Plumbing, Bilge, Part 5: Manual Bilge Pump, Disassembly and Cleaning

The housing for the Whale Gusher 10 manual bilge pump, disassembled and cleaned
Having cleaned the bronze strum box for the manual bilge pump, I could now focus on the manual bilge pump itself. In this posting I describe my disassembly and cleaning of this pump for Oystercatcher, my Ericson 25.
When I first saw this boat in October 2009, it looked as if her manual bilge pump had not been used in years.
The exterior of the pump was covered with debris from dirt dobber nests, not unlike much of the rest of the boat.
When I returned to the boat for a second visit - this time with a marine surveyor - the owner had cleaned things up a bit. Admittedly, the pump looked better, but appearances can be deceiving.
The owner was eager to demonstrate that he could work the pump handle up and down. This did not mean, however, that the pump itself actually worked. The bilge was dry (because the owner had cleaned it out), so there was no way to tell whether the pump was truly functional.
I did not even bother to experiment with this pump after I bought the boat and transported it to my home. This pump was almost 40 years old. Why not buy a rebuilt kit and bring it back up to a nearly-new condition? That was my thinking.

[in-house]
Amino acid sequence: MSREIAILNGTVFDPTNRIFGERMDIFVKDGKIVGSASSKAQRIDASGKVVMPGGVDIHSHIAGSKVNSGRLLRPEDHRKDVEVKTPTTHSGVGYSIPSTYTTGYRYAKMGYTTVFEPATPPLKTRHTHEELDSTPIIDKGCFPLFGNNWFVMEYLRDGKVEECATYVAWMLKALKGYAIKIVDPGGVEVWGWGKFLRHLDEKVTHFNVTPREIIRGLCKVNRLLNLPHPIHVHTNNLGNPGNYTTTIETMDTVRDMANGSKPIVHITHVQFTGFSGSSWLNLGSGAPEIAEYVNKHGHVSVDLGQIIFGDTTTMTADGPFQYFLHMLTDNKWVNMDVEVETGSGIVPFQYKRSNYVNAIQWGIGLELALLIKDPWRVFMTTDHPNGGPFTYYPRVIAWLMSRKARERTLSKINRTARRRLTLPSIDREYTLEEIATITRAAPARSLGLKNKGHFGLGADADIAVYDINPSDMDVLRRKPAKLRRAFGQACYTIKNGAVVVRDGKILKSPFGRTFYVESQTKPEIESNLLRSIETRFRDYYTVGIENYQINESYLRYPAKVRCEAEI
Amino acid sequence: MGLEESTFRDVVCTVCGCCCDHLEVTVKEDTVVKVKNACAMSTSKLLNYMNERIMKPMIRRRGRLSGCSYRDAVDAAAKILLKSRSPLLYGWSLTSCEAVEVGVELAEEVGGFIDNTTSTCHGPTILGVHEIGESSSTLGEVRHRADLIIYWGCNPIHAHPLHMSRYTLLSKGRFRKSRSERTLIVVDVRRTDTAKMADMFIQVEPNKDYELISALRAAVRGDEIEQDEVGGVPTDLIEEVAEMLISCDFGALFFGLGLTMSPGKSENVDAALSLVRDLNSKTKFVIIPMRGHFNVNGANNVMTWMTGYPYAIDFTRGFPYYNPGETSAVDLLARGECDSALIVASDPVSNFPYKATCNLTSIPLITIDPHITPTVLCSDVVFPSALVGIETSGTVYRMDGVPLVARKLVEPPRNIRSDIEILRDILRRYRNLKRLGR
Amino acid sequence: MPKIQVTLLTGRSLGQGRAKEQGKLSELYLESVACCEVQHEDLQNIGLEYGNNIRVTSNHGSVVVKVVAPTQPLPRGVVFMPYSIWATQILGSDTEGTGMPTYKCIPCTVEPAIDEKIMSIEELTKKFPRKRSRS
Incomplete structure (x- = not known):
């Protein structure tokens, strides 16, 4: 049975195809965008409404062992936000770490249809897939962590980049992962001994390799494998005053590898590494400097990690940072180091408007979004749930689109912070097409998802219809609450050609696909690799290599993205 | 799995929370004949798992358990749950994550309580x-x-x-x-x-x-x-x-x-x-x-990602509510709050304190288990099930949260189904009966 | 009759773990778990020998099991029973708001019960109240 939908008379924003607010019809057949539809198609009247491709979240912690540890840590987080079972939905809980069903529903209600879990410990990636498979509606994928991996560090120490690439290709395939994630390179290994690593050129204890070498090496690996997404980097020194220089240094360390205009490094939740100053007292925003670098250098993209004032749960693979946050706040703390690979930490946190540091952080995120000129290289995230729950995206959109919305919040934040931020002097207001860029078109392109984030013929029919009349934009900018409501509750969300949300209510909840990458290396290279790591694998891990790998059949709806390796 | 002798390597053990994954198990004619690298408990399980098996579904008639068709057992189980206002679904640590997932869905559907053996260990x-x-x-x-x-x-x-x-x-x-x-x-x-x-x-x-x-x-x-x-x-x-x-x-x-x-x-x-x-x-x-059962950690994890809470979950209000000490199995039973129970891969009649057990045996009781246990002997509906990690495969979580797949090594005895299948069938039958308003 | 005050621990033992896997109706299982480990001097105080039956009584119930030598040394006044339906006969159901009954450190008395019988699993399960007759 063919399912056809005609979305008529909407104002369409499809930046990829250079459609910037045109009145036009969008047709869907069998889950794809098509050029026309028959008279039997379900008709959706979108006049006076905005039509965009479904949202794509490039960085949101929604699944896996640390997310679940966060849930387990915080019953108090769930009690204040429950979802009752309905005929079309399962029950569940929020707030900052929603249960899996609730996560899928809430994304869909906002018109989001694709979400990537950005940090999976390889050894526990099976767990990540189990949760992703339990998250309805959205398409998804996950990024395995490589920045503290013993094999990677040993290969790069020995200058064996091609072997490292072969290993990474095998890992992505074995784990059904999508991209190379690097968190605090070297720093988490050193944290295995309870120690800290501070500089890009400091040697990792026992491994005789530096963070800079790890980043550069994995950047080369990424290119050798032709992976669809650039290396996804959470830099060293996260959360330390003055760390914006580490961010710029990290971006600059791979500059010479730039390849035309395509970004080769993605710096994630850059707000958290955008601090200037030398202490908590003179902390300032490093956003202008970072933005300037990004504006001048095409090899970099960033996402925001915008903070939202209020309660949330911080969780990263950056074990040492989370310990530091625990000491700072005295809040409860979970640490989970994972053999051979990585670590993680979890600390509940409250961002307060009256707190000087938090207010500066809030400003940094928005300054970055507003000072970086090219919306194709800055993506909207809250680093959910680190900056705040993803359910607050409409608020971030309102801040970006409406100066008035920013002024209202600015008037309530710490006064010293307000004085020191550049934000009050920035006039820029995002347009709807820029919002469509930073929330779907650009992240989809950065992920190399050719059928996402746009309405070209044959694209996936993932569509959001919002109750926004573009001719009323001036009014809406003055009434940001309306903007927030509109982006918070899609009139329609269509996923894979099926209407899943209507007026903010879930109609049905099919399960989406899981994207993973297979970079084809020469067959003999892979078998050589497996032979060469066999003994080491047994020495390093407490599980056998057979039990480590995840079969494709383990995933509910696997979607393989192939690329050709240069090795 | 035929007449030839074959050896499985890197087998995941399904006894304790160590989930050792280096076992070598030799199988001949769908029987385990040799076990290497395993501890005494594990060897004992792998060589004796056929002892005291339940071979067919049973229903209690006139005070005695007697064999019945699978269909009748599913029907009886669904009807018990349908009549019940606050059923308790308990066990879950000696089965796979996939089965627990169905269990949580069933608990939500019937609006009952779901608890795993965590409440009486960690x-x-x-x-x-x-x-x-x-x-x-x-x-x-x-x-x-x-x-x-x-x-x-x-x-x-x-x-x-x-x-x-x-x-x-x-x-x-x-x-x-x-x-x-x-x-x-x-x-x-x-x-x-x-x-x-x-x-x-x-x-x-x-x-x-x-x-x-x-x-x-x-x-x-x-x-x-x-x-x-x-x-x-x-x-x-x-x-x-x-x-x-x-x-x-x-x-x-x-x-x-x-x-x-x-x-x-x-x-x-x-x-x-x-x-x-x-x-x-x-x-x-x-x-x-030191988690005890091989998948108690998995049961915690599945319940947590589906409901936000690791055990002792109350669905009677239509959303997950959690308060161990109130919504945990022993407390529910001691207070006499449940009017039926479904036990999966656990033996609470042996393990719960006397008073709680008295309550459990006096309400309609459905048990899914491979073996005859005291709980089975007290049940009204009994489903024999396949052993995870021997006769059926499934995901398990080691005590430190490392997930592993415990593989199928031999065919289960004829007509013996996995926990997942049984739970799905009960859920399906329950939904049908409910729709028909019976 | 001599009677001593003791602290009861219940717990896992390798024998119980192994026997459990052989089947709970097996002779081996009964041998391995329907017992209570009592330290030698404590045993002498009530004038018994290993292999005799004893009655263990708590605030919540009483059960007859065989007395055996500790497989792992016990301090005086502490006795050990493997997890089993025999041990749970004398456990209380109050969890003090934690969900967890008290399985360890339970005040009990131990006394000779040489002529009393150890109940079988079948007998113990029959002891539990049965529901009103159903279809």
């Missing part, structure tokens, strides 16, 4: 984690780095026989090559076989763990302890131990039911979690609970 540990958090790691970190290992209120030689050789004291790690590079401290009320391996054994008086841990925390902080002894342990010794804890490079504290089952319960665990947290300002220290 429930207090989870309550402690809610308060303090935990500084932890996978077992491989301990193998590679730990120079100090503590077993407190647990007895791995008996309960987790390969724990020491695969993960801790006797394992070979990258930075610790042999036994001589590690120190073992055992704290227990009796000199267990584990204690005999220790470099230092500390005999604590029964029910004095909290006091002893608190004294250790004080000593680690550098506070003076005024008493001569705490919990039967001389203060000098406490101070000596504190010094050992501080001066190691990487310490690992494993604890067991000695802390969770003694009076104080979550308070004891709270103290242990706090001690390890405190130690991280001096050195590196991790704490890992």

Just for the record, I took a couple of pictures to remind myself of the appearance of the original configuration.
Then I got to work on the disassembly of the pump. I began by removing the large stainless steel clamp that secured the large, black, neoprene diaphragm.
When I lifted the diaphram, I was able to inspect the interior of the metal housing.
It was full of salt crystals and the white powder associated with galvanic corrosion.
This corrosion was due, I would guess, to the presence of stainless steel screws in the aluminum housing. It's possible, also, I suppose, that the bronze strum box, although distant from the pump, played some part.
After removing the simple inlet valve, I focused on what is known as the "Outlet Valve Plate Assembly."
This thing was wretched looking.

The gasket and valve for this assembly were caked with salt and corrosion, just like the aluminum housing itself.

The neoprene diaphragm was not much better - cleaner but on the verge of cracking due to wear and tear over the years.
After a lot of work with a small screwdriver and some other small instruments I was able to remove most of the salt and corrosion from the aluminum housing. Now I could rebuild the pump. That is the subject of my next posting.
This ends this posting on my disassembly and cleaning of the manual bilge pump for Oystercatcher, my Ericson 25.

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